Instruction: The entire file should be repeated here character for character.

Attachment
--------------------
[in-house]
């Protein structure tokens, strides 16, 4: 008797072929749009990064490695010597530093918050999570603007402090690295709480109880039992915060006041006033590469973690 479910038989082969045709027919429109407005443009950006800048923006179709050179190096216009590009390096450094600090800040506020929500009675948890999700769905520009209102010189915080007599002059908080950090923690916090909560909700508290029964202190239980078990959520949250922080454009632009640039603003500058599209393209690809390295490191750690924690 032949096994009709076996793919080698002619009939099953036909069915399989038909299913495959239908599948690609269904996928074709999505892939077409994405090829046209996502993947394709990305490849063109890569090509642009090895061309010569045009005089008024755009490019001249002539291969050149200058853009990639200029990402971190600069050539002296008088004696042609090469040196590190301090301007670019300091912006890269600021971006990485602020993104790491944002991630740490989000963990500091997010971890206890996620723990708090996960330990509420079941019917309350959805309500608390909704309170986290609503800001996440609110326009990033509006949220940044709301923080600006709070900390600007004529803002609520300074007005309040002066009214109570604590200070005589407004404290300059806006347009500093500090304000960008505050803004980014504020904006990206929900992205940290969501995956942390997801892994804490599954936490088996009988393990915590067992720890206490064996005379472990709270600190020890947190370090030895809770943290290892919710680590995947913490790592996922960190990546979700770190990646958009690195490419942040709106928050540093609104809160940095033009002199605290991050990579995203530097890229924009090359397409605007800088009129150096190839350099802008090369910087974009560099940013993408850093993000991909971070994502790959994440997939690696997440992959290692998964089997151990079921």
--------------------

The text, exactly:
[in-house]
């Protein structure tokens, strides 16, 4: 008797072929749009990064490695010597530093918050999570603007402090690295709480109880039992915060006041006033590469973690 479910038989082969045709027919429109407005443009950006800048923006179709050179190096216009590009390096450094600090800040506020929500009675948890999700769905520009209102010189915080007599002059908080950090923690916090909560909700508290029964202190239980078990959520949250922080454009632009640039603003500058599209393209690809390295490191750690924690 032949096994009709076996793919080698002619009939099953036909069915399989038909299913495959239908599948690609269904996928074709999505892939077409994405090829046209996502993947394709990305490849063109890569090509642009090895061309010569045009005089008024755009490019001249002539291969050149200058853009990639200029990402971190600069050539002296008088004696042609090469040196590190301090301007670019300091912006890269600021971006990485602020993104790491944002991630740490989000963990500091997010971890206890996620723990708090996960330990509420079941019917309350959805309500608390909704309170986290609503800001996440609110326009990033509006949220940044709301923080600006709070900390600007004529803002609520300074007005309040002066009214109570604590200070005589407004404290300059806006347009500093500090304000960008505050803004980014504020904006990206929900992205940290969501995956942390997801892994804490599954936490088996009988393990915590067992720890206490064996005379472990709270600190020890947190370090030895809770943290290892919710680590995947913490790592996922960190990546979700770190990646958009690195490419942040709106928050540093609104809160940095033009002199605290991050990579995203530097890229924009090359397409605007800088009129150096190839350099802008090369910087974009560099940013993408850093993000991909971070994502790959994440997939690696997440992959290692998964089997151990079921």